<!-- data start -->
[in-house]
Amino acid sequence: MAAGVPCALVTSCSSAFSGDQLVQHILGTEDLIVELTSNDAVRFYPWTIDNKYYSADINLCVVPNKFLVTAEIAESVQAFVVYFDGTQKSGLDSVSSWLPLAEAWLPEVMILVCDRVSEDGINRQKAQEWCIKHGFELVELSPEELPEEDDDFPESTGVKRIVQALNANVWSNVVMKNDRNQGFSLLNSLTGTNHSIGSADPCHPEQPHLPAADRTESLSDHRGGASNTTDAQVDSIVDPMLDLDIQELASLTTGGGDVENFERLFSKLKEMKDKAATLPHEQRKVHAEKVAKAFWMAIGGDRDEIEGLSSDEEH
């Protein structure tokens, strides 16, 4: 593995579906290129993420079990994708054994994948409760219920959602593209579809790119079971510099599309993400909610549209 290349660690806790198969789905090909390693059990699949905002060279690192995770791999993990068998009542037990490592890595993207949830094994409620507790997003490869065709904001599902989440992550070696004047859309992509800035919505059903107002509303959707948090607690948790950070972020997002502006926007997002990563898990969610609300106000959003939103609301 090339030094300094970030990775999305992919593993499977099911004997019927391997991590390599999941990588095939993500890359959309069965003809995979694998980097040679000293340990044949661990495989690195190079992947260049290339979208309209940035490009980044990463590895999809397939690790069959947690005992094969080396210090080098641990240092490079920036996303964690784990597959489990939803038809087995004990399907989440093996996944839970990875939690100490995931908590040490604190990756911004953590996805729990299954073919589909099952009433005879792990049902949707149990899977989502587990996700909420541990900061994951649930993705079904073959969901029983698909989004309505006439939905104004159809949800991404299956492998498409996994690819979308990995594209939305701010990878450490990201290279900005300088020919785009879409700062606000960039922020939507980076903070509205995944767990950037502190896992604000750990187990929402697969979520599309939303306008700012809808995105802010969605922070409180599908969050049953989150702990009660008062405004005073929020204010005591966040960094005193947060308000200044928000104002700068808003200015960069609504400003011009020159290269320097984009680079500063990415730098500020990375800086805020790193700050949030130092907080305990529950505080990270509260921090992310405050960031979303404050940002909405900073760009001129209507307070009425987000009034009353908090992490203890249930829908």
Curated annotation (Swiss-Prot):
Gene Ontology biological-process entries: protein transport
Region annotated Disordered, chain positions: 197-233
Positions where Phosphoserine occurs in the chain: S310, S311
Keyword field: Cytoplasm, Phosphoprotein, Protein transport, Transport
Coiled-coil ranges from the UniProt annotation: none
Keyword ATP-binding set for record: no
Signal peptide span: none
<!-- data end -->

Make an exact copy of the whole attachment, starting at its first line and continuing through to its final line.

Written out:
[in-house]
Amino acid sequence: MAAGVPCALVTSCSSAFSGDQLVQHILGTEDLIVELTSNDAVRFYPWTIDNKYYSADINLCVVPNKFLVTAEIAESVQAFVVYFDGTQKSGLDSVSSWLPLAEAWLPEVMILVCDRVSEDGINRQKAQEWCIKHGFELVELSPEELPEEDDDFPESTGVKRIVQALNANVWSNVVMKNDRNQGFSLLNSLTGTNHSIGSADPCHPEQPHLPAADRTESLSDHRGGASNTTDAQVDSIVDPMLDLDIQELASLTTGGGDVENFERLFSKLKEMKDKAATLPHEQRKVHAEKVAKAFWMAIGGDRDEIEGLSSDEEH
């Protein structure tokens, strides 16, 4: 593995579906290129993420079990994708054994994948409760219920959602593209579809790119079971510099599309993400909610549209 290349660690806790198969789905090909390693059990699949905002060279690192995770791999993990068998009542037990490592890595993207949830094994409620507790997003490869065709904001599902989440992550070696004047859309992509800035919505059903107002509303959707948090607690948790950070972020997002502006926007997002990563898990969610609300106000959003939103609301 090339030094300094970030990775999305992919593993499977099911004997019927391997991590390599999941990588095939993500890359959309069965003809995979694998980097040679000293340990044949661990495989690195190079992947260049290339979208309209940035490009980044990463590895999809397939690790069959947690005992094969080396210090080098641990240092490079920036996303964690784990597959489990939803038809087995004990399907989440093996996944839970990875939690100490995931908590040490604190990756911004953590996805729990299954073919589909099952009433005879792990049902949707149990899977989502587990996700909420541990900061994951649930993705079904073959969901029983698909989004309505006439939905104004159809949800991404299956492998498409996994690819979308990995594209939305701010990878450490990201290279900005300088020919785009879409700062606000960039922020939507980076903070509205995944767990950037502190896992604000750990187990929402697969979520599309939303306008700012809808995105802010969605922070409180599908969050049953989150702990009660008062405004005073929020204010005591966040960094005193947060308000200044928000104002700068808003200015960069609504400003011009020159290269320097984009680079500063990415730098500020990375800086805020790193700050949030130092907080305990529950505080990270509260921090992310405050960031979303404050940002909405900073760009001129209507307070009425987000009034009353908090992490203890249930829908």
Curated annotation (Swiss-Prot):
Gene Ontology biological-process entries: protein transport
Region annotated Disordered, chain positions: 197-233
Positions where Phosphoserine occurs in the chain: S310, S311
Keyword field: Cytoplasm, Phosphoprotein, Protein transport, Transport
Coiled-coil ranges from the UniProt annotation: none
Keyword ATP-binding set for record: no
Signal peptide span: none